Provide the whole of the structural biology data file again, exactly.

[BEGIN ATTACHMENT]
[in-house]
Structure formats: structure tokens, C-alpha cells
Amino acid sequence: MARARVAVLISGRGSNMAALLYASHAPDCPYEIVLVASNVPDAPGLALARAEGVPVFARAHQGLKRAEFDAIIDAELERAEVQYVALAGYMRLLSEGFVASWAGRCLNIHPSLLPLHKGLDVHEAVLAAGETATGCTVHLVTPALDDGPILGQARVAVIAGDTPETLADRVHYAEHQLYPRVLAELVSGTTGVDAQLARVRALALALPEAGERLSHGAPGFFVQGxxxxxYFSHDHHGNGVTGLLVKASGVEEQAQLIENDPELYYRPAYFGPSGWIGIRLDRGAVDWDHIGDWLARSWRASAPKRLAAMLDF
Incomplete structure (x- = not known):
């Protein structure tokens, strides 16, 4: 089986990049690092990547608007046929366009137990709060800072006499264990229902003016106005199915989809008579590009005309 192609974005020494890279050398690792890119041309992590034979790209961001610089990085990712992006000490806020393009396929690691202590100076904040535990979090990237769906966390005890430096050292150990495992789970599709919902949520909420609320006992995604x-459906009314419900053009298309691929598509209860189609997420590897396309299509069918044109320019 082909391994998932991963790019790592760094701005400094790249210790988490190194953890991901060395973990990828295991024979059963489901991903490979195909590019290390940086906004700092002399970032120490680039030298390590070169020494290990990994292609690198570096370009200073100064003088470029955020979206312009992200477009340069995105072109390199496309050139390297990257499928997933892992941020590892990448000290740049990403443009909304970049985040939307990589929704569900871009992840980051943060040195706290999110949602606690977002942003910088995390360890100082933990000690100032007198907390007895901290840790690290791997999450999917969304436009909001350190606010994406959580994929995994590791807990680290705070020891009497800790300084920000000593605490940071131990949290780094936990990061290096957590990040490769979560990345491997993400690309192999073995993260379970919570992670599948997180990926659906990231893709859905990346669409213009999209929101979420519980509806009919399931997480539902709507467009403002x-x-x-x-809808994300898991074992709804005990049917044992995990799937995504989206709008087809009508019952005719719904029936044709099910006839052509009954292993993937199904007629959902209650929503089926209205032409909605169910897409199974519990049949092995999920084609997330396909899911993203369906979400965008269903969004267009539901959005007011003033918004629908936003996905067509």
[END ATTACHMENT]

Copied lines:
[in-house]
Structure formats: structure tokens, C-alpha cells
Amino acid sequence: MARARVAVLISGRGSNMAALLYASHAPDCPYEIVLVASNVPDAPGLALARAEGVPVFARAHQGLKRAEFDAIIDAELERAEVQYVALAGYMRLLSEGFVASWAGRCLNIHPSLLPLHKGLDVHEAVLAAGETATGCTVHLVTPALDDGPILGQARVAVIAGDTPETLADRVHYAEHQLYPRVLAELVSGTTGVDAQLARVRALALALPEAGERLSHGAPGFFVQGxxxxxYFSHDHHGNGVTGLLVKASGVEEQAQLIENDPELYYRPAYFGPSGWIGIRLDRGAVDWDHIGDWLARSWRASAPKRLAAMLDF
Incomplete structure (x- = not known):
């Protein structure tokens, strides 16, 4: 089986990049690092990547608007046929366009137990709060800072006499264990229902003016106005199915989809008579590009005309 192609974005020494890279050398690792890119041309992590034979790209961001610089990085990712992006000490806020393009396929690691202590100076904040535990979090990237769906966390005890430096050292150990495992789970599709919902949520909420609320006992995604x-459906009314419900053009298309691929598509209860189609997420590897396309299509069918044109320019 082909391994998932991963790019790592760094701005400094790249210790988490190194953890991901060395973990990828295991024979059963489901991903490979195909590019290390940086906004700092002399970032120490680039030298390590070169020494290990990994292609690198570096370009200073100064003088470029955020979206312009992200477009340069995105072109390199496309050139390297990257499928997933892992941020590892990448000290740049990403443009909304970049985040939307990589929704569900871009992840980051943060040195706290999110949602606690977002942003910088995390360890100082933990000690100032007198907390007895901290840790690290791997999450999917969304436009909001350190606010994406959580994929995994590791807990680290705070020891009497800790300084920000000593605490940071131990949290780094936990990061290096957590990040490769979560990345491997993400690309192999073995993260379970919570992670599948997180990926659906990231893709859905990346669409213009999209929101979420519980509806009919399931997480539902709507467009403002x-x-x-x-809808994300898991074992709804005990049917044992995990799937995504989206709008087809009508019952005719719904029936044709099910006839052509009954292993993937199904007629959902209650929503089926209205032409909605169910897409199974519990049949092995999920084609997330396909899911993203369906979400965008269903969004267009539901959005007011003033918004629908936003996905067509």